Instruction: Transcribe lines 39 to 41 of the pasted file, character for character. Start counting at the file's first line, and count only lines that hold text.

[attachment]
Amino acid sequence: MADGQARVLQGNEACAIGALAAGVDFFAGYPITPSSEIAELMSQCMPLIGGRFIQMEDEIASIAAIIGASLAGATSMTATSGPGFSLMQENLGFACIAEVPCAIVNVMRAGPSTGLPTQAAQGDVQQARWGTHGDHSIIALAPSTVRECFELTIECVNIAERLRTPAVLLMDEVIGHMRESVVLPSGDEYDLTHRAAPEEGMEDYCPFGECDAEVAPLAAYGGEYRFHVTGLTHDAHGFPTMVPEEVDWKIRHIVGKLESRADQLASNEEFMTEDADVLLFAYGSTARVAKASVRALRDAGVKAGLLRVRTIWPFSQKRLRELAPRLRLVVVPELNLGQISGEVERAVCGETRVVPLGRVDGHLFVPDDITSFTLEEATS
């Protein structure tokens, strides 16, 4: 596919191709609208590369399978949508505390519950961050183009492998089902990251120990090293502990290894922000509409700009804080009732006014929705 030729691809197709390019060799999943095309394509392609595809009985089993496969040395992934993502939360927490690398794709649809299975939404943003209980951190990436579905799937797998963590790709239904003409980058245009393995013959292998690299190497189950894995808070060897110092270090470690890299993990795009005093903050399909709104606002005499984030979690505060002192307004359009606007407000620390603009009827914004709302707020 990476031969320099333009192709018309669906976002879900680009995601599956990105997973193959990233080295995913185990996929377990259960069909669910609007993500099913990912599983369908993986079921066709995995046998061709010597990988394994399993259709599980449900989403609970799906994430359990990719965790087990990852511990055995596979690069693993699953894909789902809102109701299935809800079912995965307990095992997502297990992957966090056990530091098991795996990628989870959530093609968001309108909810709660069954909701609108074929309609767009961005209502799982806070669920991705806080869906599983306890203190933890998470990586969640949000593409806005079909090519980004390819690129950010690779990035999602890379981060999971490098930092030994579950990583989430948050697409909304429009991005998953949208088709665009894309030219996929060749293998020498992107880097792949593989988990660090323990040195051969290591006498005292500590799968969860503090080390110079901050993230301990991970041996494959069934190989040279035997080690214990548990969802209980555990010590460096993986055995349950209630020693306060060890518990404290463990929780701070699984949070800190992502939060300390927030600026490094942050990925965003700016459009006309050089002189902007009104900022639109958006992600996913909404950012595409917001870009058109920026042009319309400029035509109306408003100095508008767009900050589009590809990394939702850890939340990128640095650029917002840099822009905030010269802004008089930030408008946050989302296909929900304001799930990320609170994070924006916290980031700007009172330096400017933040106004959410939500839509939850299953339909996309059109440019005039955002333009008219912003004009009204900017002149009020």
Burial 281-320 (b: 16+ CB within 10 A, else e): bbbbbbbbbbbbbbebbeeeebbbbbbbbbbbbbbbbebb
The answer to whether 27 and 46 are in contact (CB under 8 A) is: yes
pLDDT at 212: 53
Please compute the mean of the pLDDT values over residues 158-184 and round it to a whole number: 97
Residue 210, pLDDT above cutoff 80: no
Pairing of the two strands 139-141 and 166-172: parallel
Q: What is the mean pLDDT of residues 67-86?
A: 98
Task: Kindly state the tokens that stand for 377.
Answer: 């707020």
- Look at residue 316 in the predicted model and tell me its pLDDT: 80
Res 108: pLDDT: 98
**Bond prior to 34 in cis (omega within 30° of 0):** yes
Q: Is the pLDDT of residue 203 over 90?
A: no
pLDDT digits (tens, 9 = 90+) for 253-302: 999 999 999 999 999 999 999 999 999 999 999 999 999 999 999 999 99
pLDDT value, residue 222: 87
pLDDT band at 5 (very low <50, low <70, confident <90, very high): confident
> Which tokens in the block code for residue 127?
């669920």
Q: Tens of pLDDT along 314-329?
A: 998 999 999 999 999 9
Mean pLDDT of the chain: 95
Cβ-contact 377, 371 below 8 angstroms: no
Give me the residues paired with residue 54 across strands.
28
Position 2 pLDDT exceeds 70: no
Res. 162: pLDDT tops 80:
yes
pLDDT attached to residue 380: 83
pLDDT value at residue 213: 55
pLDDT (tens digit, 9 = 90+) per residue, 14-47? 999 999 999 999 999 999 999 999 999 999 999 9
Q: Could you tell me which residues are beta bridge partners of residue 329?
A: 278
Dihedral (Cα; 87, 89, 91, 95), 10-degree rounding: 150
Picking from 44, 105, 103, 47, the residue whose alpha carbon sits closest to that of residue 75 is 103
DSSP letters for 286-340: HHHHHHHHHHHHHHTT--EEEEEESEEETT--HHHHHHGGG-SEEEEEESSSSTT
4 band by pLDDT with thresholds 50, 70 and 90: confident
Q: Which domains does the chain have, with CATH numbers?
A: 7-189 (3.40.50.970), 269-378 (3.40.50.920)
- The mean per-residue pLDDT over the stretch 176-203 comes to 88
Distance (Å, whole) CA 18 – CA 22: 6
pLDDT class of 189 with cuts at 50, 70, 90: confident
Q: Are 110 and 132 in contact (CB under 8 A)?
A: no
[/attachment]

DSSP letters for 286-340: HHHHHHHHHHHHHHTT--EEEEEESEEETT--HHHHHHGGG-SEEEEEESSSSTT
4 band by pLDDT with thresholds 50, 70 and 90: confident
Q: Which domains does the chain have, with CATH numbers?